2. This research was supported by the Social Sciences and Humanities Reearch Council of Canada (Project #410-89-0009).
3. Baroody, William J. Jr., Foreword in Novak, Michael(Ed.) Democracy and Mediating Structures, Washington, D.C, American Enterprise Institute for Public Policy Research, 1980.
4. Mathews, Robin, Canadian Identity: Major Forces Shaping the Life of a People, Ottawa, Steel Rail, 1988, p.I.
5. Bellah, Robert et.al, Habits of the Heart: Individualism and Commitment in American Life, New Yark, Harper and Row, The perennnial Ubrary, 1986.
6. In Cities on /l Hill (New York, Simon and Schuster, 1987), Frances Fitzgerald discusses four lifestyle enclaves — the homosexual quarter in San Francisco, a Baptist church, a retirement community, and Rajneeshpuram.
7. Bellah, op.cit. p. 72.
8. In 1990' launched a newsletter, Christian Community to serve as a bridge between Christian, secular and other communities.
9. Zablocki, Benjamin, The joyful Community, Baltimore, Penguin Books, 1971.
10. Nisbet, Robert, The Social Philsophers: Community and Conflict in Western Thought, New York, Thomas Y. Crowell Co., 1973.
11. “Politics is about far more than what we can all get; it is also about what we owe each other. Too many people have been left out and need to be included. The value of community and solidarity have been undermined and ignored.” Quoted in Robert Sheppard’s column, “A program with less than meets the ear,” Globe and Mail, Nov. 21, 1990
12. Bradely, Kenneth, Once a District Officer, London, Macmillan, 1966.
13. Porter, John, The Vertical Mosaic: An analysis of social class and power in Canada, Toronto, University of Toronto Press, p.x:ii-xiii.
14. Quoted in Pross, A Paul, Group Politics and Public Policy, Toronto, Oxford
University Press, 1986, p.1.
15. In 1989-90, the Economic Council of Canada issued a series of reports on community-based development, and provided an analysis of them in From the Bottom Up, a statement published in 1990.
16. Lotz, Patricia A. New Patterns for Christian Life, MTS thesis, Atlantic School of Theology, 1990.
17. See, for example, the concerns raised by Reginald Bibby, author of Mosaic Madness: The Poverty and Potential of Life in Canada in ‘The lonely road of individualism,”Globeand Mail, October 23,1990; Michael Valpy, “Making it too easy to remain diverse,”Globe and Mail, Oct. 25, 1990; John Dafoe, “Multiculturalism could do with another look, “Globe and Mail, Nov. 17, 1990; Waiter Block, “Multiculturalism at the Public Trough”, Fraser Forum, October, 1990, pp.26-27.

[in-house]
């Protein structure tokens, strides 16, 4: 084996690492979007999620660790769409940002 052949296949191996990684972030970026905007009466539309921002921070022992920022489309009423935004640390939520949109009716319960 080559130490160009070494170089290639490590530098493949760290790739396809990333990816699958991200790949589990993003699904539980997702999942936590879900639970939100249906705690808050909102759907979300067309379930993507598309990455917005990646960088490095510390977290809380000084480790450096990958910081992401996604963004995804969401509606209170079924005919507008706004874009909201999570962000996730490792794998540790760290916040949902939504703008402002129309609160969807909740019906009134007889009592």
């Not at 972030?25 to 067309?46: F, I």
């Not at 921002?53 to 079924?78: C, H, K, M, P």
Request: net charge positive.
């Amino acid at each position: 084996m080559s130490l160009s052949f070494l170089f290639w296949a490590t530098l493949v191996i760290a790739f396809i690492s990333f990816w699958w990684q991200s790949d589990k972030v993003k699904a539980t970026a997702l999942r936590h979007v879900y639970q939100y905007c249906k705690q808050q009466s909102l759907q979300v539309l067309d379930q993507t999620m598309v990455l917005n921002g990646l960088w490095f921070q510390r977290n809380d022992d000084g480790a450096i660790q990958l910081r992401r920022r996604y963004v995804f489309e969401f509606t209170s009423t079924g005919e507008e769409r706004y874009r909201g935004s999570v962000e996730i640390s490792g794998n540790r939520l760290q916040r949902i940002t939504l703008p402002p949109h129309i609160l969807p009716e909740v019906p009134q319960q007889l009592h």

18. Johnston, Hugh, The Voyage of the Komagata Maru: The Sikh Challenge to Canada’s Colour Bar, couver, University of British Columbia Press, 1989. The book is available in Panjabi (B.C. Bookworld, 4(3), Autumn, 1990.)
19. Moore, William, Bayonets in the Sun, New York, St. Martin’s Press, 1978.
20. Doyle, Arthur Conan, A History of the Great War. Vol. 1; The British Campaign in France and Flanders, 1914, New York, George H. Doran Co., 1916. p. 34.
21. Ibid., p. 220-221.
22. McArthur, The Cinema Image of Scotland, London, Tate Gallery Publications, 1986, p.6.
23. Ibid. p.5.
24. Said, Edward, Orientalism, New York, Vintage Books, 1979, p.1.
25. Smith, Wilfred Cantwell, The Meaning and End of Religion, San Francisco, Harper and Row, 1978, p. 260.
26. Ibid.
27. Murphy, Debra L., The Failure of the Antigonish Movement in Larry’s River, Nova Scotia. M.A. Thesis, Dalhousie University, Sept.’ 1975. The Antigonish Movement was a very successful adult education/ community development programme in the 1930s: See Lotz, jim and Michael R. Welton, “Knowledge for the People’: The Origins and Development of the Antigonish Movement,” in Welton, Michael R. (Ed.) Knowledge for the People, Toronto, OISE Press, 1987.
28. Sandhu, Sukhdev Singh, The Second Generation: Culture and the East Indian Community in Nova Scotia, Halifax, international Education Centre, St. Mary’s University, Ethnic Heritage Series II n.d. The study was carried out in May, 1980.
29. Carpenter, Edmund, Oh, What a Blow That Phantom Gave Me! New York, Holt, Rinehart and Winston, 1972, p. 191.
30. Ibid. p. 190.
31. This incident received extensive media coverage in Canada, being featured on CBC World News. Short accounts appeared in the Halifax Mail-Star of November 20 and 21, 1990.
32. “Police still hired for dances; Halifax Mail-Star, Nov. 16, 1990. The school
principal was quoted as saying, ‘The fact that police wear guns while staffing
the teen dances is not an issue...”
33. Campbell, John and Jeremy Bird, Christian Community ‘in Central England, n.p. New Creation Christian Community, 1989.
34. Lotz, Pat. op. cit. p.25.